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Marina Park · Cork, Ireland

A dialogue between river and city


Marina Park in Cork embodies many facets of the city. It fulfils the long-standing promise of creating a regional park to the east of the city. Like many former industrial cities, Cork has significant decommissioned industrial areas along the river, adjacent to its city centre. Today, these areas present an opportunity for residential development and the redevelopment of public spaces. Marina Park is a key component in Cork’s ambition to develop its docklands industrial area into a lively and integrated neighbourhood for the city.

Cork, Ireland
In progress
2012 - ongoing
Muncipality of Cork
(Phase 1) REDSCAPE, OCSC, Howley Hayes
Jason Gairn

Industrial heritage

The park is designed on a former brownfield site comprising mostly derelict showground buildings, a Gaelic sports stadium, and a rundown natural zone. This diverse and complex setting created a challenging context for crafting a well-planned and cohesive park. Based on our overall vision, the park is now realised in distinct phases, resulting in a large, diverse but coherent environment for the city.


Embracing the water: an adaptable park

In our plan, the park plays a vital role in managing stormwater runoff, not only within the park but also for the surrounding residential areas, and future dockland development. It presents a landscape-oriented solution for urban adaptation, accommodating the temporary storage of increased or extreme rainfall events and rising sea levels. Water becomes the backbone of the park, harmoniously integrating natural wetland areas with social gathering and event spaces. Our integrated approach to landscape, water engineering, and cultural heritage results in a well-balanced park that transforms the contextual challenges of temporary water storage into one of the park’s standout features.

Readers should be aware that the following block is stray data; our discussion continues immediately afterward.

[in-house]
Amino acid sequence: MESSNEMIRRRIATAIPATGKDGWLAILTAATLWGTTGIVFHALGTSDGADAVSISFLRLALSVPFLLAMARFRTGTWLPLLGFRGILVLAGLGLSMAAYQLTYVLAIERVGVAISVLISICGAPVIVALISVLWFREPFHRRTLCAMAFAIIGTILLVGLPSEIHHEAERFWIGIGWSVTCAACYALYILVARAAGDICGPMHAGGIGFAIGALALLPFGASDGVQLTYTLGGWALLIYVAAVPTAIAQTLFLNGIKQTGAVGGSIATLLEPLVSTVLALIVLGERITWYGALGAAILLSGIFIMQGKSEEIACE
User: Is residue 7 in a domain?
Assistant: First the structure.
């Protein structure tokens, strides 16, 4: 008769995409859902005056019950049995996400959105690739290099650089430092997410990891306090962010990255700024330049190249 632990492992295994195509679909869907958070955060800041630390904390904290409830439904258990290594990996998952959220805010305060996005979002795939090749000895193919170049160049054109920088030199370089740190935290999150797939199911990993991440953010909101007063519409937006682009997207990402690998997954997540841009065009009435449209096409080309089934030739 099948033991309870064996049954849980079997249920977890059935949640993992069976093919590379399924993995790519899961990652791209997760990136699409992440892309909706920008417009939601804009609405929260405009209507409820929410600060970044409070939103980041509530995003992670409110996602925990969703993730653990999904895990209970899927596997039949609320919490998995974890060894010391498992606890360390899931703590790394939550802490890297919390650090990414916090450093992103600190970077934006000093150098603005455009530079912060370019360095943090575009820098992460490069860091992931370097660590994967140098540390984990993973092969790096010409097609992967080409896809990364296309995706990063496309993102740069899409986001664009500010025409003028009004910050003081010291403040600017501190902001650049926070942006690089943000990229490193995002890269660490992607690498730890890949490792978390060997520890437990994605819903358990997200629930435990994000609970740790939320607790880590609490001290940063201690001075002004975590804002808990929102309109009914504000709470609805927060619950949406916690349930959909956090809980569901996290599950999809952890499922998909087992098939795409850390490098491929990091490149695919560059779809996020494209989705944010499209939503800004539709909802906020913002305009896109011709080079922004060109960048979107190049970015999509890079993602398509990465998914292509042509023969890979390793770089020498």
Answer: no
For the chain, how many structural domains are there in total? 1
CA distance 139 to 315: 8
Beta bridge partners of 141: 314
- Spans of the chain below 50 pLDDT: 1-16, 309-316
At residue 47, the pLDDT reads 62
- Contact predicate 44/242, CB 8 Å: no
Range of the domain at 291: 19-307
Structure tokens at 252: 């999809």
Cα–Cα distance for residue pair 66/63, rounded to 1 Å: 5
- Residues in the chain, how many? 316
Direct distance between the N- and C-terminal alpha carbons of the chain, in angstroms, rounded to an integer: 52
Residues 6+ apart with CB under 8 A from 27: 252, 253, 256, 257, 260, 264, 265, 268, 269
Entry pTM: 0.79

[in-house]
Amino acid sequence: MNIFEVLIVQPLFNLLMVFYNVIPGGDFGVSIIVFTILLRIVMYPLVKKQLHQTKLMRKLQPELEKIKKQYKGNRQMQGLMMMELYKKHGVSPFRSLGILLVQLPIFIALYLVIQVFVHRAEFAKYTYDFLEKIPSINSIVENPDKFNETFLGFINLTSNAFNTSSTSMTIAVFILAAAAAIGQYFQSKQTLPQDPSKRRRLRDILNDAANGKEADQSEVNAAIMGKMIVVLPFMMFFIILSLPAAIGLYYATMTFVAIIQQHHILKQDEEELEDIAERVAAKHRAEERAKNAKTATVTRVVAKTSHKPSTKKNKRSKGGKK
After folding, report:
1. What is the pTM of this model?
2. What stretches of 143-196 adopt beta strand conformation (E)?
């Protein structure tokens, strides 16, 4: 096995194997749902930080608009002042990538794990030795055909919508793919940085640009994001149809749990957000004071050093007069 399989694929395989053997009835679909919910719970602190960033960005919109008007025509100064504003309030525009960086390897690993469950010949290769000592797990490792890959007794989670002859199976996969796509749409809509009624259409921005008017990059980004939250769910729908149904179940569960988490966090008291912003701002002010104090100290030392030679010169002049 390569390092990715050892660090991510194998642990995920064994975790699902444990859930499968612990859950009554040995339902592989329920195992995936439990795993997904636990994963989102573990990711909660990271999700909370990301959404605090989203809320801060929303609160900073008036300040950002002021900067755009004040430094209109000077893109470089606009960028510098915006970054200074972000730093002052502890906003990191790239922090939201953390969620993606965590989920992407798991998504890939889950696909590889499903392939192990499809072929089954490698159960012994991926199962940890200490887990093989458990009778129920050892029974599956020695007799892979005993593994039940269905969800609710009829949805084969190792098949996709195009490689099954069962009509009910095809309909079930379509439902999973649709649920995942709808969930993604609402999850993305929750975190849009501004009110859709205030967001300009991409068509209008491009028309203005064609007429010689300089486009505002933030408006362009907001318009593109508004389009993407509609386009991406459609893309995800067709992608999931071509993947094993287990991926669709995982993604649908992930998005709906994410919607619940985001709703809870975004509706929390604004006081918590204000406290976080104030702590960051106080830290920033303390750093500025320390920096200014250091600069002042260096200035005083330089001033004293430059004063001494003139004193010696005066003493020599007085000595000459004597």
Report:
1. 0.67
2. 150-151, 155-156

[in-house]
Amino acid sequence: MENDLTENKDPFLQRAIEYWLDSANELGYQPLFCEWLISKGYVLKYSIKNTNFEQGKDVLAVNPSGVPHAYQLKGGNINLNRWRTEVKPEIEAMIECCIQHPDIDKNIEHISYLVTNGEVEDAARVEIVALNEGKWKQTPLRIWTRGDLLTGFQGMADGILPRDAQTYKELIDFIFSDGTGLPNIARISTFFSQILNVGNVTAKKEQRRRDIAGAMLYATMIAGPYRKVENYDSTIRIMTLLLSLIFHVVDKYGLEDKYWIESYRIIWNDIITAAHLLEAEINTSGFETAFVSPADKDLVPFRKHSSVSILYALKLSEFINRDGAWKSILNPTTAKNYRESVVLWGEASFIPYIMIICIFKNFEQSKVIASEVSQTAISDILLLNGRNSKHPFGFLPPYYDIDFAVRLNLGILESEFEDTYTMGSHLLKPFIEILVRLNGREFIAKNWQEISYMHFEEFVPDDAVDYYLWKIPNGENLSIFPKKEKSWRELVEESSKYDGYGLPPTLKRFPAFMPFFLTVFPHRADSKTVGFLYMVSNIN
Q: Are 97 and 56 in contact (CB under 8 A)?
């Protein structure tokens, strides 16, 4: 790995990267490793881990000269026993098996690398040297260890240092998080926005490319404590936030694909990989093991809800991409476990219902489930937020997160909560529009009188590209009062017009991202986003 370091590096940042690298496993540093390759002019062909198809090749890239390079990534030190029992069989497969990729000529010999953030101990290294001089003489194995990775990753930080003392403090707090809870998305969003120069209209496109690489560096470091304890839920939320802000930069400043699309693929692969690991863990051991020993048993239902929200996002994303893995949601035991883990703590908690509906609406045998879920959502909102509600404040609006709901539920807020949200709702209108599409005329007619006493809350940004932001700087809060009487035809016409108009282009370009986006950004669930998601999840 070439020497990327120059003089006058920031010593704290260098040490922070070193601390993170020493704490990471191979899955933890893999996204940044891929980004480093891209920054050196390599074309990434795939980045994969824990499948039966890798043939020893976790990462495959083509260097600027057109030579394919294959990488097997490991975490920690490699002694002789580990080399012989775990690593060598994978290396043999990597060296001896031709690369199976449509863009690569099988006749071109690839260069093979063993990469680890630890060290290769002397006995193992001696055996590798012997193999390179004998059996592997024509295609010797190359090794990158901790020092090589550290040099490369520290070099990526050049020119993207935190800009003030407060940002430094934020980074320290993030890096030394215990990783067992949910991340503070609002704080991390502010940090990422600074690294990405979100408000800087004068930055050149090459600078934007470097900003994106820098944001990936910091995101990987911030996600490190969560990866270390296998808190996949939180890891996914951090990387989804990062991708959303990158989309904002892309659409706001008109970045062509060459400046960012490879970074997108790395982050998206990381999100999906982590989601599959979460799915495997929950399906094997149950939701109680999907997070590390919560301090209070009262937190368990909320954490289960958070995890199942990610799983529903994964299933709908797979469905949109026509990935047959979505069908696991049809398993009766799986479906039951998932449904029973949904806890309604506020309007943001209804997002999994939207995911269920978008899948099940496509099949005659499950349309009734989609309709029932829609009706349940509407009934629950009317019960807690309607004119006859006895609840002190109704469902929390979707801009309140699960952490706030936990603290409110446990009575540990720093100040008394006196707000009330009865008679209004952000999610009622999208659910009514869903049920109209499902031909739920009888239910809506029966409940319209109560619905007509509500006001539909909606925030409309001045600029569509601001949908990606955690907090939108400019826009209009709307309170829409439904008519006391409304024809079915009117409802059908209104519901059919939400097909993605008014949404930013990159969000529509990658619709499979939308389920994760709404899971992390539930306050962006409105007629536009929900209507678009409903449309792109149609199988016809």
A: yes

Encouraging movement: multiple phases

As the first phase has been realised, the most urban and multi-functional part of the park has been taken into use. Here the park gracefully envelops the renovated Gaelic sports stadium and forms an extension of it for events and games. Where the different access points for the park meet, a new striking pavilion can be found. The central Hall repurposes structures of the former showground and houses a coffee bar. Next to it, the strong relationship of the square with water is made accessible to visitors with a water feature. A grid of fountains creates a creative play object as an attractive meeting point in the park.


Construction works will soon start on the next phases of the park: first the re-design of the promenade along the river Lee as an important slow traffic link with connection to the waterfront; then an eco-park with a more natural character to the east of the stadium, designed with the principles of nature concession. For this purpose, the Atlantic Pond is being transformed, enhancing its accessibility, vibrancy and ecological assets.  Newly introduced highlights such as an elevated tree path, forest themed playground and marshland, will create a park with greater diversity and quality of experience.


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